Daily Archives: August 19, 2016

Technological Sustentation 91: Proprietary Madness

Not only do you have to deal with IP and Patent Madness, which we recently discussed, again, but you also have to deal with proprietary madness that is likely to drive us all mad (and may someday push the doctor over the edge, into the land of the crackpot, where at least one blogger in the space is already dwelling).

Just what is proprietary madness? It’s mega-corporations, especially in software and electronics, taking the rights of ownership to extreme. Started, and continued, by the current and former Technology heavyweights, including the likes of IBM, Microsoft, and SAP, it’s not only the creation of company specific standards for software and hardware interfaces, its the restriction of the specification of those interfaces to approved partners and suppliers, limiting the supply of support services and related products to a handful of vendors. This not only drives up the price of those products and services to well above the market average price for support services for software and products with open and published specifications, but can make it difficult, if not impossible, to get support when demand is high or related products if one of the few vendors who can produce products shuts down.

Those of you with SAP know exactly what we’re talking about. Unlike Oracle, which publishes its core schema, and does not change it between minor versions, SAP does not publish its score schema, does not guarantee any stability between bug updates between minor versions, such as between 4.7.1 and 4.7.2, instead requiring you to go through its proprietary NetWeaver interface, which you will, of course, have to acquire to actually support any customizations (and likely build applications in the Portal). And learning the portal is no easy task. One of the most complete books on it is 700 pages alone! And that’s just the beginning …

And while there is nothing wrong with proprietary technology, as a company needs some assets in order to survive, the lengths at which some companies go to keep it secret and protect it, in a world where data needs to be shared and products need to be utilized in conjunction with other products makes development (and the supply chains that rely on that development), a nightmare.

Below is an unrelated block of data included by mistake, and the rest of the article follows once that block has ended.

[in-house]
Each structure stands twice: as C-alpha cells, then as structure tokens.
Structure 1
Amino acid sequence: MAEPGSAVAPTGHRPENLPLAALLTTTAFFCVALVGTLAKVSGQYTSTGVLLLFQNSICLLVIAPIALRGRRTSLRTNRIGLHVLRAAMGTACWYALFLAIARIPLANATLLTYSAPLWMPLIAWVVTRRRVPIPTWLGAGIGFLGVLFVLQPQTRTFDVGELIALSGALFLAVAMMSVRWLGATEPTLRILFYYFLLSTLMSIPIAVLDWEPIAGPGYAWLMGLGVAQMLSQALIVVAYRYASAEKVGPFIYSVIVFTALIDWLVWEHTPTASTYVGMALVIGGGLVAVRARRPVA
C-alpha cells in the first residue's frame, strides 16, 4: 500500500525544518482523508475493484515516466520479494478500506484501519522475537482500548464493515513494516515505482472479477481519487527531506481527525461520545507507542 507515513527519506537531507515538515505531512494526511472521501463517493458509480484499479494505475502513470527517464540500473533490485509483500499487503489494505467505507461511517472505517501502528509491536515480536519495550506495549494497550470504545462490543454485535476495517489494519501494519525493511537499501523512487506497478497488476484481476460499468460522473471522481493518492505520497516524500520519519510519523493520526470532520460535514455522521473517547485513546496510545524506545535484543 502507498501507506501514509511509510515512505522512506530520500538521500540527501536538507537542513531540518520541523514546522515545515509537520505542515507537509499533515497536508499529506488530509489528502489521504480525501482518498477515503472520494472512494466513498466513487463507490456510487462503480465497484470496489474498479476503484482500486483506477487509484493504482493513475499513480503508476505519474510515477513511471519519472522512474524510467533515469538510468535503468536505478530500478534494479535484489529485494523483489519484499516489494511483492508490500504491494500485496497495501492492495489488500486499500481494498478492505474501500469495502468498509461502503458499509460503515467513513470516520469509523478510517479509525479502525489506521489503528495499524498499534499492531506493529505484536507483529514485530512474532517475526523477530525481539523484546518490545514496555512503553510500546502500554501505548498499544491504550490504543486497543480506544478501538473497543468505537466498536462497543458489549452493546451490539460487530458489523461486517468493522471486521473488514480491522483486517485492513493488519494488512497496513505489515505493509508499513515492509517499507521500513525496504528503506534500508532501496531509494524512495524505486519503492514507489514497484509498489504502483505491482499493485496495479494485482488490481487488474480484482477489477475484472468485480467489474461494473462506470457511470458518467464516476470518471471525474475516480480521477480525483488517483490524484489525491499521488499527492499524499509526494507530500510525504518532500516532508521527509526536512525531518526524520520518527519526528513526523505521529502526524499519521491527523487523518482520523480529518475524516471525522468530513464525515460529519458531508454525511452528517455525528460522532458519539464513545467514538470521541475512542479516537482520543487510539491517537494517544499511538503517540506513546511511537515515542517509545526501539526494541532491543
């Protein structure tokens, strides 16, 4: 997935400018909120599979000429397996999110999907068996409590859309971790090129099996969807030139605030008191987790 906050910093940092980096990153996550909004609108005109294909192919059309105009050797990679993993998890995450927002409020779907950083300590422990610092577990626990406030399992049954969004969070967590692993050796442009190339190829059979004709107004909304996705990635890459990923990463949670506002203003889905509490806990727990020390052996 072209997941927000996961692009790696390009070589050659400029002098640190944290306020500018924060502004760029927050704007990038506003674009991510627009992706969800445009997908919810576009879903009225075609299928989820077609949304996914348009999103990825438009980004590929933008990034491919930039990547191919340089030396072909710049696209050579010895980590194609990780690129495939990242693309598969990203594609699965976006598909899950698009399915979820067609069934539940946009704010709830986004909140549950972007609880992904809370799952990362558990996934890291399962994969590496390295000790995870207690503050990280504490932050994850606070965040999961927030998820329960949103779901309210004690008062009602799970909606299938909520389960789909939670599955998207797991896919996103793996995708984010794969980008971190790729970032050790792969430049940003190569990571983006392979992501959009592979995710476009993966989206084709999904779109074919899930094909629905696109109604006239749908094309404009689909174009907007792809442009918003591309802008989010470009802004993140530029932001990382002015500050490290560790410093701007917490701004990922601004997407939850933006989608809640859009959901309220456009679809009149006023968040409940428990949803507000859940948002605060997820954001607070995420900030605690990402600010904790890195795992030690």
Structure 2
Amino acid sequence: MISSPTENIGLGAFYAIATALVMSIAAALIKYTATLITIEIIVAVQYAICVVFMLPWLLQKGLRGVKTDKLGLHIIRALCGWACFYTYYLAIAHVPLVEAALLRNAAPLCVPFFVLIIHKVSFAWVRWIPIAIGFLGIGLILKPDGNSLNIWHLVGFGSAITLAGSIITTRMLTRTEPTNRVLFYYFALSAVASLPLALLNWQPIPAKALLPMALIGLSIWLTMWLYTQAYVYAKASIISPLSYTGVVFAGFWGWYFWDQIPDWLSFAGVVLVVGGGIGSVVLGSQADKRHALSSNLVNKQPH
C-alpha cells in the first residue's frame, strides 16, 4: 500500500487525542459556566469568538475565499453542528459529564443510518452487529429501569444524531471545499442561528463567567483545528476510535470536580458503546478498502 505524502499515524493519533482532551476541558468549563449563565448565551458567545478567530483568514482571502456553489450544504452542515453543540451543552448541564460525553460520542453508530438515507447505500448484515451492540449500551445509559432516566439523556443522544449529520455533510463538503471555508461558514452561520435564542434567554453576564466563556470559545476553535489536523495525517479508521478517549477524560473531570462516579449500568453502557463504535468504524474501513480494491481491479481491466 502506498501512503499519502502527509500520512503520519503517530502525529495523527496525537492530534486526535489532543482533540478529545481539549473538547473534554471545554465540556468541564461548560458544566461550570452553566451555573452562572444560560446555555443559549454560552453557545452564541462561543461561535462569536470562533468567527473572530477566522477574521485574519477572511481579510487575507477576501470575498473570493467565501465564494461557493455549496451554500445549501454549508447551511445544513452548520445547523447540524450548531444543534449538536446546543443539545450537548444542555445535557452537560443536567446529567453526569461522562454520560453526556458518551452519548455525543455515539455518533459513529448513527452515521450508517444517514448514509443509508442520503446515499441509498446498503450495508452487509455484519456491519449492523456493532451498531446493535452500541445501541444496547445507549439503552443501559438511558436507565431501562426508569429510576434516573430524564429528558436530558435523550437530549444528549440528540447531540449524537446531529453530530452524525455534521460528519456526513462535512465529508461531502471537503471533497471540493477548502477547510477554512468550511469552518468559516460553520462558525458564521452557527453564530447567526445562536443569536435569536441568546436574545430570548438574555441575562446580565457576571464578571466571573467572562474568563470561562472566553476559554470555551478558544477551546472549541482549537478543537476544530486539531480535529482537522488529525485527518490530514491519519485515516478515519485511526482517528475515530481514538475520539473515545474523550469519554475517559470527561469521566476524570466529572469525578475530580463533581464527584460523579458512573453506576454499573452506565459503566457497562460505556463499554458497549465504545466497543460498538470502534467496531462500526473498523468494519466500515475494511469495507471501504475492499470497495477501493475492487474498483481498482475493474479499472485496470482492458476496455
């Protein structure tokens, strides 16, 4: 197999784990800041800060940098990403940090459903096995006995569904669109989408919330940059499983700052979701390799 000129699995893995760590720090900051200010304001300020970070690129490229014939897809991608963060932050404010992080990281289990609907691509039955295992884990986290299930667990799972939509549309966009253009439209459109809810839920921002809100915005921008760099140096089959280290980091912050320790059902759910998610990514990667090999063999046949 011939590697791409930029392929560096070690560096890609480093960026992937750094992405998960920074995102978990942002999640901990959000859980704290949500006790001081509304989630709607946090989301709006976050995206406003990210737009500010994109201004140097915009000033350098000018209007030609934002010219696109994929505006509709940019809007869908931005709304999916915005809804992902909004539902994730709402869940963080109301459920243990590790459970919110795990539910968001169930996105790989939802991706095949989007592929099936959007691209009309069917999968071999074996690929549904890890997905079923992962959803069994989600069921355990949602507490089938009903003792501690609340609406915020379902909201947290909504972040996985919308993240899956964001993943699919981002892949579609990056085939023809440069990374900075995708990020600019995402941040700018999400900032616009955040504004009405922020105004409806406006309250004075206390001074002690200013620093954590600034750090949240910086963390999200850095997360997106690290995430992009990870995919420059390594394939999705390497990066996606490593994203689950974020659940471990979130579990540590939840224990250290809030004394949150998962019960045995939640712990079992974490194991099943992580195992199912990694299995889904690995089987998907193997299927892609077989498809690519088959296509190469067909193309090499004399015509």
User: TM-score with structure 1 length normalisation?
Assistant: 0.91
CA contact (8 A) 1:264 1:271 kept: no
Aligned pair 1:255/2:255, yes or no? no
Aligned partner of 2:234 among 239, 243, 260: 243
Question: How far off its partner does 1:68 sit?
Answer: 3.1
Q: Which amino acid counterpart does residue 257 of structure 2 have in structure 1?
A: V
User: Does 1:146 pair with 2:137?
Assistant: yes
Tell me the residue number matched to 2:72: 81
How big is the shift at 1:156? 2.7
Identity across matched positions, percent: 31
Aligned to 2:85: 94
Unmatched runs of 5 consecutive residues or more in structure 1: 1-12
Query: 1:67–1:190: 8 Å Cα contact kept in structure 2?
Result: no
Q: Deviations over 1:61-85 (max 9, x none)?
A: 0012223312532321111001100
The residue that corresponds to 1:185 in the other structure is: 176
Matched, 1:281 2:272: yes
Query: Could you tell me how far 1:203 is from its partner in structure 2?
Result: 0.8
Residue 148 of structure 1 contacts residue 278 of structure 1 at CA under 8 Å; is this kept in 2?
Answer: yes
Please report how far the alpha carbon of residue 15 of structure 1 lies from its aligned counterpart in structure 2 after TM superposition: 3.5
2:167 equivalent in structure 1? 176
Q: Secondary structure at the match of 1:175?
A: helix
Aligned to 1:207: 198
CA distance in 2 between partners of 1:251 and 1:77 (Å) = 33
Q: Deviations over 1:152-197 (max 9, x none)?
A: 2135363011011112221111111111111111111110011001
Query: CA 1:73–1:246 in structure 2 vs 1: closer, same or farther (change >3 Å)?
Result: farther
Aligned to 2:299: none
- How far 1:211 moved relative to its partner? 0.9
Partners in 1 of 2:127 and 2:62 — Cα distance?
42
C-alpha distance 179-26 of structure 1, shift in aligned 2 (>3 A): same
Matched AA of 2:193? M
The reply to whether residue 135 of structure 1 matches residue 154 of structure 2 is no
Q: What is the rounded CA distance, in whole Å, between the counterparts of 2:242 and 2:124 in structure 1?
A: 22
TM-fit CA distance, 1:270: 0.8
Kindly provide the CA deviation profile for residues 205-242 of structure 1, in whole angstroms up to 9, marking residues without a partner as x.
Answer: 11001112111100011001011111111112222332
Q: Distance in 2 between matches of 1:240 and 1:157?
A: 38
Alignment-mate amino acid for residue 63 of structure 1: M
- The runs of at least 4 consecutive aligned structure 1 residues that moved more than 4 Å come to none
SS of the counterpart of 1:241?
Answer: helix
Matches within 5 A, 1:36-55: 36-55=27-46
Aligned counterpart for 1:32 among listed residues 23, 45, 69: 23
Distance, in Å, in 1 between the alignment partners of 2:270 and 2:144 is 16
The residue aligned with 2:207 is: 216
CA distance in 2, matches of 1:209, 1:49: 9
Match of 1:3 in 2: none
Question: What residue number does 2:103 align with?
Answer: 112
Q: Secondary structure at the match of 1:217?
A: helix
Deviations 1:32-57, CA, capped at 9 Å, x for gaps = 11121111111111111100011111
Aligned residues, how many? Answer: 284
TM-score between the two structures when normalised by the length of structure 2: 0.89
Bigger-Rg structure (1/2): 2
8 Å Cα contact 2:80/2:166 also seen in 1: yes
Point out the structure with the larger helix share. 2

So what can you do?

1. Make Open Source / Open Systems a priority.

When doing your weighted evaluation of a provider, penalize any provider with proprietary systems, and severely penalize providers with highly guarded proprietary systems that cannot be maintained by anyone but the provider. Give this a weighting of three times more than your gut thinks it should be weighted.

2. Demand the ability to do full data dumps to an open standard, such as XML, or a text format, such as CSV, whenever you want.

And do them at least quarterly, if not monthly, and do incremental full data backups at least weekly, if not daily. If the system stops working for you, you need to migrate, and even if the system does work, you will still need to integrate that data into your (virtual) data warehouse to support analysis and other processes.

3. Migrate away from proprietary vendors at first opportunity.

It doesn’t matter how much you paid, or how bad you think you will look by trying to replace the solution that was the right solution when you bought it, because it will always cost you more in the long run — with costly maintenance, custom development, and manpower to manually integrate data dumps into third party solutions — and that’s worse than admitting there’s a better solution than what you have. Moreover, chances are when you bought that big, monolithic, proprietary solution, there wasn’t a more open alternative, so you didn’t really do anything wrong and a good Procurement department always looks for ways to improve processes and platforms.